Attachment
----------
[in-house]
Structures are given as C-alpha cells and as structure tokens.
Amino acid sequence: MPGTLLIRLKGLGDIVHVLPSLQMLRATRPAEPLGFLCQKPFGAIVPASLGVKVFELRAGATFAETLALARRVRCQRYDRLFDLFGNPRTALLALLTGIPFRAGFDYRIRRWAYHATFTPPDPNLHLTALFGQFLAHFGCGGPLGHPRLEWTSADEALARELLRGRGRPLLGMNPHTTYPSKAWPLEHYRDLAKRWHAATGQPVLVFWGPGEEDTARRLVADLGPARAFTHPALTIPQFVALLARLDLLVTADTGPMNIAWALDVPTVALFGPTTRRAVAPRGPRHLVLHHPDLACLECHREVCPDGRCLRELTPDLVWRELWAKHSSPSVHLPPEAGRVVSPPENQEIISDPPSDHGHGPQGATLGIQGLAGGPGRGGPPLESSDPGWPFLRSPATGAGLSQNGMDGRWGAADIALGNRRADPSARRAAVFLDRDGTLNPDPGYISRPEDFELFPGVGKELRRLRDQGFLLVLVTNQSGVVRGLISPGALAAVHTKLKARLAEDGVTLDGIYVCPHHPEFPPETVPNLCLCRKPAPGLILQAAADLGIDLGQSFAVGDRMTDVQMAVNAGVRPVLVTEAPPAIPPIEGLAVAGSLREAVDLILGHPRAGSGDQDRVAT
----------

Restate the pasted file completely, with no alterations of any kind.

[in-house]
Structures are given as C-alpha cells and as structure tokens.
Amino acid sequence: MPGTLLIRLKGLGDIVHVLPSLQMLRATRPAEPLGFLCQKPFGAIVPASLGVKVFELRAGATFAETLALARRVRCQRYDRLFDLFGNPRTALLALLTGIPFRAGFDYRIRRWAYHATFTPPDPNLHLTALFGQFLAHFGCGGPLGHPRLEWTSADEALARELLRGRGRPLLGMNPHTTYPSKAWPLEHYRDLAKRWHAATGQPVLVFWGPGEEDTARRLVADLGPARAFTHPALTIPQFVALLARLDLLVTADTGPMNIAWALDVPTVALFGPTTRRAVAPRGPRHLVLHHPDLACLECHREVCPDGRCLRELTPDLVWRELWAKHSSPSVHLPPEAGRVVSPPENQEIISDPPSDHGHGPQGATLGIQGLAGGPGRGGPPLESSDPGWPFLRSPATGAGLSQNGMDGRWGAADIALGNRRADPSARRAAVFLDRDGTLNPDPGYISRPEDFELFPGVGKELRRLRDQGFLLVLVTNQSGVVRGLISPGALAAVHTKLKARLAEDGVTLDGIYVCPHHPEFPPETVPNLCLCRKPAPGLILQAAADLGIDLGQSFAVGDRMTDVQMAVNAGVRPVLVTEAPPAIPPIEGLAVAGSLREAVDLILGHPRAGSGDQDRVAT